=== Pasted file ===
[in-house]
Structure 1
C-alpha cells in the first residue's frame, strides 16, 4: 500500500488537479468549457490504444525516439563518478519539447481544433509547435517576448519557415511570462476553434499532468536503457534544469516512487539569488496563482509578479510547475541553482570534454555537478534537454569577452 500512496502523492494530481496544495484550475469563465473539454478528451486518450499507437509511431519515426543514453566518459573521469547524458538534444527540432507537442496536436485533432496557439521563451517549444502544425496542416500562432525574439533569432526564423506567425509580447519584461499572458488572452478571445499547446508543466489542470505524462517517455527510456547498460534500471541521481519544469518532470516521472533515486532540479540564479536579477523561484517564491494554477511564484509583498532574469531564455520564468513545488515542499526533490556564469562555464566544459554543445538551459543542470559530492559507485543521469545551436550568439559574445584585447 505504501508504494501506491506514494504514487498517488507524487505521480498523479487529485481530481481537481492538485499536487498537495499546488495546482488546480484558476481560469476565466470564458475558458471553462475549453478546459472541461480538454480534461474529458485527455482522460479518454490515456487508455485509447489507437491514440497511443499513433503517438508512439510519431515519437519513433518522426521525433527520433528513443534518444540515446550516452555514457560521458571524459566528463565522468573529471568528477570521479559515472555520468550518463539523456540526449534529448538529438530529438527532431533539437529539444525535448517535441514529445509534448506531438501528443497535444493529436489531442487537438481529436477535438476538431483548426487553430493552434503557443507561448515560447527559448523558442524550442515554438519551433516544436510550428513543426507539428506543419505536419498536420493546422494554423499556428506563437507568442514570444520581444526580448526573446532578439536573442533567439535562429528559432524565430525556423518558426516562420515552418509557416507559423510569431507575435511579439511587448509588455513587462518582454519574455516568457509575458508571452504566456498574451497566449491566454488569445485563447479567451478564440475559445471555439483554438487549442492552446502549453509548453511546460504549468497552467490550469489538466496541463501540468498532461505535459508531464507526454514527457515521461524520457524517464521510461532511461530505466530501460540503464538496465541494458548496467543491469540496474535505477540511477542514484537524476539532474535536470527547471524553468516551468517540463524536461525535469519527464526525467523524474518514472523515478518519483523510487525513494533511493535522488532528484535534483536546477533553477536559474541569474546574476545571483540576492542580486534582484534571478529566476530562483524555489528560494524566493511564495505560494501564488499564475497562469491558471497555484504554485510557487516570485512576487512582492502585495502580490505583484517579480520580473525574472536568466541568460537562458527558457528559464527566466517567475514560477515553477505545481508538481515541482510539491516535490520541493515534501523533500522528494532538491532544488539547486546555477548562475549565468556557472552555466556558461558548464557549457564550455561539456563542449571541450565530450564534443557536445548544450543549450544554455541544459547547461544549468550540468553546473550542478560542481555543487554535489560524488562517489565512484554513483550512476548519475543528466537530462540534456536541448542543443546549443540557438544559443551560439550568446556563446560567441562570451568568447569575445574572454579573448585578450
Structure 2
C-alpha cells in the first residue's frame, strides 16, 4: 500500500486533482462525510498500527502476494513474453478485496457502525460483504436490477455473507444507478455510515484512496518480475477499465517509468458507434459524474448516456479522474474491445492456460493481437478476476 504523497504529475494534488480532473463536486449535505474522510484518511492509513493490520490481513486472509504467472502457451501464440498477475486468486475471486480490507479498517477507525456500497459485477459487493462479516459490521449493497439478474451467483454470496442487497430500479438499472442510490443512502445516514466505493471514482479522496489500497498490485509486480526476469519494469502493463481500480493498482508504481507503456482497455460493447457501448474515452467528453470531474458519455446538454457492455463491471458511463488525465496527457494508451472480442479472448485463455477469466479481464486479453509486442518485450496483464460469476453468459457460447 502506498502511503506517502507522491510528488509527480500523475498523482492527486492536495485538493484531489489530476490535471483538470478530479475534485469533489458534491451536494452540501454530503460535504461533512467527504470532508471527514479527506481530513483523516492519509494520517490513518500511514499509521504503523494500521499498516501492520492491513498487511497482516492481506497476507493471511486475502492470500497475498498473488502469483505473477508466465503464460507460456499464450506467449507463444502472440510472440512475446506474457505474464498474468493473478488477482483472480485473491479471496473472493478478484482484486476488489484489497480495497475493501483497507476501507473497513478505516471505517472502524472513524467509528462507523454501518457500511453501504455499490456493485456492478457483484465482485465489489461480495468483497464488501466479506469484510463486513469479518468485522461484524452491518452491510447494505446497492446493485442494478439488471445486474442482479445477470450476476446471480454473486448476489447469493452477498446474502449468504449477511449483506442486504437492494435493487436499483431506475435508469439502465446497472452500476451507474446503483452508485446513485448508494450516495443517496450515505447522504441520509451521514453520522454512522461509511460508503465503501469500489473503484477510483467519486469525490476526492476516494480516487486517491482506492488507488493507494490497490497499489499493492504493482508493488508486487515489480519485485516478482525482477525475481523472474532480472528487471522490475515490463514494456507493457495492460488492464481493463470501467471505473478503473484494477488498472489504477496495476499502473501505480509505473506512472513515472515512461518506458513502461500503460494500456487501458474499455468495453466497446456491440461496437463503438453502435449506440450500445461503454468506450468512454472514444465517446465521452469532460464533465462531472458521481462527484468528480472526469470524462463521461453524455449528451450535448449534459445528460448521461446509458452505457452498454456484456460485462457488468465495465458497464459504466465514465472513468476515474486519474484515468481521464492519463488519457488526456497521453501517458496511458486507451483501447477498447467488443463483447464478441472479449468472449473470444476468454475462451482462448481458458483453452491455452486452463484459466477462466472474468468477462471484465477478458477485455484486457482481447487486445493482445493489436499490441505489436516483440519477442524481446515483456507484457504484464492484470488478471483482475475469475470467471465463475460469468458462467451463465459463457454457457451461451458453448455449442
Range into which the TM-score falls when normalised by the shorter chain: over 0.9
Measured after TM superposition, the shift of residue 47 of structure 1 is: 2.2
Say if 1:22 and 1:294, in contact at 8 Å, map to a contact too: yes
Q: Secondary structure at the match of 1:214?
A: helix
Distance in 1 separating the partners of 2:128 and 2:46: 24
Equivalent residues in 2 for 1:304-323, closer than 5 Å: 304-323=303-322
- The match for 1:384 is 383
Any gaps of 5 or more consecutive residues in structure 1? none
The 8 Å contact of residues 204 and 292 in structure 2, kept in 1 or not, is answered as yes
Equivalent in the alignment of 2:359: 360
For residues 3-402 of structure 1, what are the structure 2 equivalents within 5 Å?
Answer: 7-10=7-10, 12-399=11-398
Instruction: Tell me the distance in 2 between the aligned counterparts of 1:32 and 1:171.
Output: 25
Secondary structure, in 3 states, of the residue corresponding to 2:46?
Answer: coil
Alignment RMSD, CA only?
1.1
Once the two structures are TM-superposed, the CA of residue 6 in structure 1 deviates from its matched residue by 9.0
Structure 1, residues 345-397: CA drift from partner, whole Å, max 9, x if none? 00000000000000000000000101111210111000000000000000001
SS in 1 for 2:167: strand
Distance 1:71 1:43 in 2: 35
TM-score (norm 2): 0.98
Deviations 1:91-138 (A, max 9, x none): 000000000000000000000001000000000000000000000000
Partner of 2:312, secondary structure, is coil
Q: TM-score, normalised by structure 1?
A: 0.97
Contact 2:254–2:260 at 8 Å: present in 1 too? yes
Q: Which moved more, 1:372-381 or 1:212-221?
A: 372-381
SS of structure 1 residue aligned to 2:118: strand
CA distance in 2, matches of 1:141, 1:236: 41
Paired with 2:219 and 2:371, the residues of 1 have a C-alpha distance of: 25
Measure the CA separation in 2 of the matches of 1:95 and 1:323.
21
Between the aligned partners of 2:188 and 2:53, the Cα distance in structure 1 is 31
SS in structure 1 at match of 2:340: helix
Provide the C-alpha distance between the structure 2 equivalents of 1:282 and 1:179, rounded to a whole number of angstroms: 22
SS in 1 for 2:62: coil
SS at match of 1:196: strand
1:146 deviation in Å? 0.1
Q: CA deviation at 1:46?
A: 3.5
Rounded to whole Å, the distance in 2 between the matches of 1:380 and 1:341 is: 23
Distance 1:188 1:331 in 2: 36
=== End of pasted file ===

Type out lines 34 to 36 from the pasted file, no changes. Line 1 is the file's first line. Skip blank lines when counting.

Contact 2:254–2:260 at 8 Å: present in 1 too? yes
Q: Which moved more, 1:372-381 or 1:212-221?
A: 372-381